A limitation of the present model—and, in fact, of all current mind-wandering detectors—is that it is unable to classify each individual instance of mind wandering with the accuracy needed for psychological research. Although mind-wandering estimates at the participant level are valid (as we have shown here), these estimates are based on averages over instances, some of which are likely classified incorrectly—at least compared to self-reports of mind wandering. That being said, it is also possible that some of the instance-level disagreement between self-reports and the model estimates could be due to inaccurate reporting, either intentionally (e.g., due to social desirability biases) or accidentally (e.g., participants were unaware that they were mind wandering). Furthermore, self-caught reports and gaze features are likely to pick up on different aspects of mind wandering because they rely on different information sources. Given that it is unclear where the “ground truth” lies, combining objective and subjective measures of mind wandering might be the most defensible approach in the near future.

In conclusion, the last decade has witnessed unprecedented progress in advancing the science of self-generated thought (Christoff et al., 2016), and especially mind wandering (Smallwood & Schooler, 2015). However, research has been stymied by a lack of valid objective measures. In some ways we are still in the dark ages, given the almost exclusive reliance on self-reports to measure these phenomena. By showing that it is possible to develop a valid measure of mind wandering based on eye gaze that will generalize to new participants (albeit in a restricted context of computerized reading in the lab), we hope to have taken a step toward the light.

Notes

Author note

This research was supported by the National Science Foundation (NSF; Grant Nos. DRL 1235958 and IIS 1523091). Any opinions, findings and conclusions, or recommendations expressed in this article are those of the authors and do not necessarily reflect the views of the NSF.

References

  1. Aston-Jones, G., & Cohen, J. D. (2005). An integrative theory of locus coeruleus-norepinephrine function: Adaptive gain and optimal performance. Annual Review of Neuroscience, 28, 403–450. doi: 10.1146/annurev.neuro.28.061604.135709 CrossRefPubMedGoogle Scholar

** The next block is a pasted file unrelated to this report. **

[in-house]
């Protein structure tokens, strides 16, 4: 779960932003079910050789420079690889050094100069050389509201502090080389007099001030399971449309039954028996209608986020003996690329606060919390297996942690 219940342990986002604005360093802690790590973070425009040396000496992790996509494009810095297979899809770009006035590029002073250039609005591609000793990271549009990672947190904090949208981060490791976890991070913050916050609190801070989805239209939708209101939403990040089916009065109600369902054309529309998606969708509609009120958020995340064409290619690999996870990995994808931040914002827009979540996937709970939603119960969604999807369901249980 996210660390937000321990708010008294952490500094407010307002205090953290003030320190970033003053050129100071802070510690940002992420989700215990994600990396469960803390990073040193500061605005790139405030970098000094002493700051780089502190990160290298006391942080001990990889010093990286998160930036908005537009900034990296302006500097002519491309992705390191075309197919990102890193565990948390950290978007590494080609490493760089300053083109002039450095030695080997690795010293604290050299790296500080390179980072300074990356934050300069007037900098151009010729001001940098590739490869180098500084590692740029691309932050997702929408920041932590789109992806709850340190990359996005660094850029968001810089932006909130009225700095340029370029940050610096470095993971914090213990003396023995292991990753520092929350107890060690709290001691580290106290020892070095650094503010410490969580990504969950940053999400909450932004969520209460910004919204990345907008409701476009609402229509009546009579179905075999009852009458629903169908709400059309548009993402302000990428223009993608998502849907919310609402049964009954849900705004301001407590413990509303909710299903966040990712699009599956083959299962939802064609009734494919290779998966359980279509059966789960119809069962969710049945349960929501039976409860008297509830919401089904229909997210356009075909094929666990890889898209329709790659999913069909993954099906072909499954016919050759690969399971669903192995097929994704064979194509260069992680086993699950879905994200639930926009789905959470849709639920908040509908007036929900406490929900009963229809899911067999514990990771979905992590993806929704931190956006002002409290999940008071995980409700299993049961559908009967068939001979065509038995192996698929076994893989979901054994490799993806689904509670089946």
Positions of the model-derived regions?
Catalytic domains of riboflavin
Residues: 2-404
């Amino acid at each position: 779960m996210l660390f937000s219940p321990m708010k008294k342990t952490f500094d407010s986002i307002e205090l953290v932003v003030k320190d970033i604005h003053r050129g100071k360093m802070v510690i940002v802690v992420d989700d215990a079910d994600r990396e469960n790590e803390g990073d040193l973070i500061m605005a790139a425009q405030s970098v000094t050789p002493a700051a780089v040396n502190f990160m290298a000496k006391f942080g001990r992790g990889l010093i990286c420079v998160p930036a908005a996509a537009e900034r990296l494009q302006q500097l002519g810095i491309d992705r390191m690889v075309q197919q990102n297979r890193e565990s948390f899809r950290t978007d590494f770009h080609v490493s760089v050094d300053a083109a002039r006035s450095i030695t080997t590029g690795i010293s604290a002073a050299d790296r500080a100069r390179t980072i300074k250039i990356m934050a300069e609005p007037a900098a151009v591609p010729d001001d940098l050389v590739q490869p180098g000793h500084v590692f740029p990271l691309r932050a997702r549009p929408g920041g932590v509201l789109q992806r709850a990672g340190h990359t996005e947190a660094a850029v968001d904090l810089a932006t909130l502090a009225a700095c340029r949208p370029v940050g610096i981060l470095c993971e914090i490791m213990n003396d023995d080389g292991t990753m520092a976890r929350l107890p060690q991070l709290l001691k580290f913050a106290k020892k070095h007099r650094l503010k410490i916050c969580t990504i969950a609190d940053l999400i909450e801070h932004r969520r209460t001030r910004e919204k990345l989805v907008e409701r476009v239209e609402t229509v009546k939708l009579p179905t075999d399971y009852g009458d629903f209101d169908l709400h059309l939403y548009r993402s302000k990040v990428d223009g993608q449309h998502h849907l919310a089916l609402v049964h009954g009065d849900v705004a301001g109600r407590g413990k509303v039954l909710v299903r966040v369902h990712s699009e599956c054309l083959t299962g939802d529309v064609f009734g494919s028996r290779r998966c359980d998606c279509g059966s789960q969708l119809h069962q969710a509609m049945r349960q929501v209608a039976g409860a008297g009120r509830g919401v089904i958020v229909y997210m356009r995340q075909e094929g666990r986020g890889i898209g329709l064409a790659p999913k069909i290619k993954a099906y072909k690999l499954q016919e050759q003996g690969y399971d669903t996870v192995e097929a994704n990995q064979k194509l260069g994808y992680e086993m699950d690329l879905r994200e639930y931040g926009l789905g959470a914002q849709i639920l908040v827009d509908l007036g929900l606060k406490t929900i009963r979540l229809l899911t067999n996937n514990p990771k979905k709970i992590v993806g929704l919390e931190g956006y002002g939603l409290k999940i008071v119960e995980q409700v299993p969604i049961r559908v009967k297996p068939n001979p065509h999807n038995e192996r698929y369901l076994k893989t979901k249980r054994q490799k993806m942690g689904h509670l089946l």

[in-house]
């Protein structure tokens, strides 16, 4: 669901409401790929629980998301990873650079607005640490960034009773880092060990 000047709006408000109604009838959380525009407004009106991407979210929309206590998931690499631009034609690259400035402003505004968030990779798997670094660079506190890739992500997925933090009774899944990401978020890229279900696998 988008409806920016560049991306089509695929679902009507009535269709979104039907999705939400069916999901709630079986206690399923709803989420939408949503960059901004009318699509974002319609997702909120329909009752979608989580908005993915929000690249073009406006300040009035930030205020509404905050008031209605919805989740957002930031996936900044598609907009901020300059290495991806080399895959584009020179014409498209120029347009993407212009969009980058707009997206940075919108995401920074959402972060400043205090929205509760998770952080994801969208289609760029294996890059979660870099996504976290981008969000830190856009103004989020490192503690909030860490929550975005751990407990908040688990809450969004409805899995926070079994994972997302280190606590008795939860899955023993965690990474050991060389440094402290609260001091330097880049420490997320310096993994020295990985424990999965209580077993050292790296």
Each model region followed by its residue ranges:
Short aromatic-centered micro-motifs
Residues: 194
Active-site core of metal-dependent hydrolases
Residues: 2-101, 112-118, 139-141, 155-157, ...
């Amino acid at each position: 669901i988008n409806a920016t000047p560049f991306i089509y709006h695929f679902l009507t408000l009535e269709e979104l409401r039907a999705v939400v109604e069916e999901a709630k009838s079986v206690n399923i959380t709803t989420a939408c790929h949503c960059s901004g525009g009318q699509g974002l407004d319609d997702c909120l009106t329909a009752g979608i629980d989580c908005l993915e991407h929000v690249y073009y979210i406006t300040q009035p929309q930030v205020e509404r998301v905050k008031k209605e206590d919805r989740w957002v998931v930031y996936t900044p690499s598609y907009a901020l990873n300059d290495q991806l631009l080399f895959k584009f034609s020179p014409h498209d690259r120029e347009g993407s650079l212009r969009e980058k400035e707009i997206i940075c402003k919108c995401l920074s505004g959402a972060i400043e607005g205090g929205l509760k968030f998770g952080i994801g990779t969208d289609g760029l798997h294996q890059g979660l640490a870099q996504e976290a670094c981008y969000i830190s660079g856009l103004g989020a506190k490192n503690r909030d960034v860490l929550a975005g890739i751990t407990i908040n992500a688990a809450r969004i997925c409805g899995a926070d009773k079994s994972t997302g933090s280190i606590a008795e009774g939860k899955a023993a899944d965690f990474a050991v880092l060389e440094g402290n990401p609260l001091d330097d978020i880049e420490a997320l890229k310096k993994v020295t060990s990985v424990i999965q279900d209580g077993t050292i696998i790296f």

2. Barrett, L. F. (2006). Are emotions natural kinds? Perspectives on Psychological Science, 1, 28–58. doi: 10.1111/j.1745-6916.2006.00003.x CrossRefPubMedGoogle Scholar
  3. Bixler, R., & D’Mello, S. (2014). Toward fully automated person independent detection of mind wandering. In J. Masthoff (Ed.), User modeling, adaptation, and personalization (pp. 37–48). Berlin: Springer.Google Scholar
  4. Bixler, R., & D’Mello, S. (2015). Automatic gaze-based detection of mind wandering with metacognitive awareness. In User modeling, adaptation, and personalization: Proceedings of the 20th International Conference (UMAP 2012), Montreal, Canada, July 16–20, 2012 (pp. 31–43). Berlin, Germany: Springer.Google Scholar
  5. Bixler, R., & D’Mello, S. (2016). Automatic gaze-based user-independent detection of mind wandering during computerized reading. User Modeling and User-Adapted Interaction, 26, 33–68. doi: 10.1007/s11257-015-9167-1 CrossRefGoogle Scholar
  6. Blanchard, N., Bixler, R., Joyce, T., & D’Mello, S. (2014). Automated physiological-based detection of mind wandering during learning. In Intelligent tutoring systems (pp. 55–60). Berlin: Springer.CrossRefGoogle Scholar
  7. Boys, C. V. (1890). Soap-bubbles, and the forces which mould them. Ithaca: Cornell University Library.Google Scholar
  8. Chawla, N. V., Bowyer, K. W., Hall, L. O., & Kegelmeyer, W. P. (2002). SMOTE: Synthetic minority over-sampling technique. Journal of Artificial Intelligence Research, 16, 321–357.Google Scholar
  9. Christoff, K., Gordon, A. M., Smallwood, J., Smith, R., & Schooler, J. W. (2009). Experience sampling during fMRI reveals default network and executive system contributions to mind wandering. Proceedings of the National Academy of Sciences, 106, 8719–8724. doi: 10.1073/pnas.0900234106 CrossRefGoogle Scholar
  10. Christoff, K., Irving, Z. C., Fox, K. C. R., Spreng, N., & Andrews-Hanna, J. R. (2016). Mind-wandering as spontaneous thought: a dynamic framework. Nature Reviews Neuroscience, 17, 718–731. doi: 10.1038/nrn.2016.113 CrossRefPubMedGoogle Scholar
  11. Cicchetti, D. V. (1994). Guidelines, criteria, and rules of thumb for evaluating normed and standardized assessment instruments in psychology. Psychological Assessment, 6, 284–290. doi: 10.1037/1040-3590.6.4.284 CrossRefGoogle Scholar
  12. Craney, T. A., & Surles, J. G. (2002). Model-dependent variance inflation factor cutoff values model-dependent variance inflation factor cutoff values. Quality Engineering, 14, 391–403. doi: 10.1081/QEN-120001878 CrossRefGoogle Scholar
  13. D’Mello, S., Cobian, J., & Hunter, M. (2013). Automatic gaze-based detection of mind wandering during reading. In Proceedings of the 6th International Conference on Educational Data Mining (pp. 364–365). Boston: International Educational Data Mining Society.Google Scholar
  14. D’Mello, S. K. (2016). Giving eyesight to the blind: Towards attention-aware AIED. International Journal of Artificial Intelligence in Education, 26, 645–659. doi: 10.1007/s40593-016-0104-1 CrossRefGoogle Scholar
  15. D’Mello, S. K., Duckworth, A., & Dieterle, E. (2017). Advanced, analytic, automated (AAA) measurement of engagement during learning. Manuscript under review.Google Scholar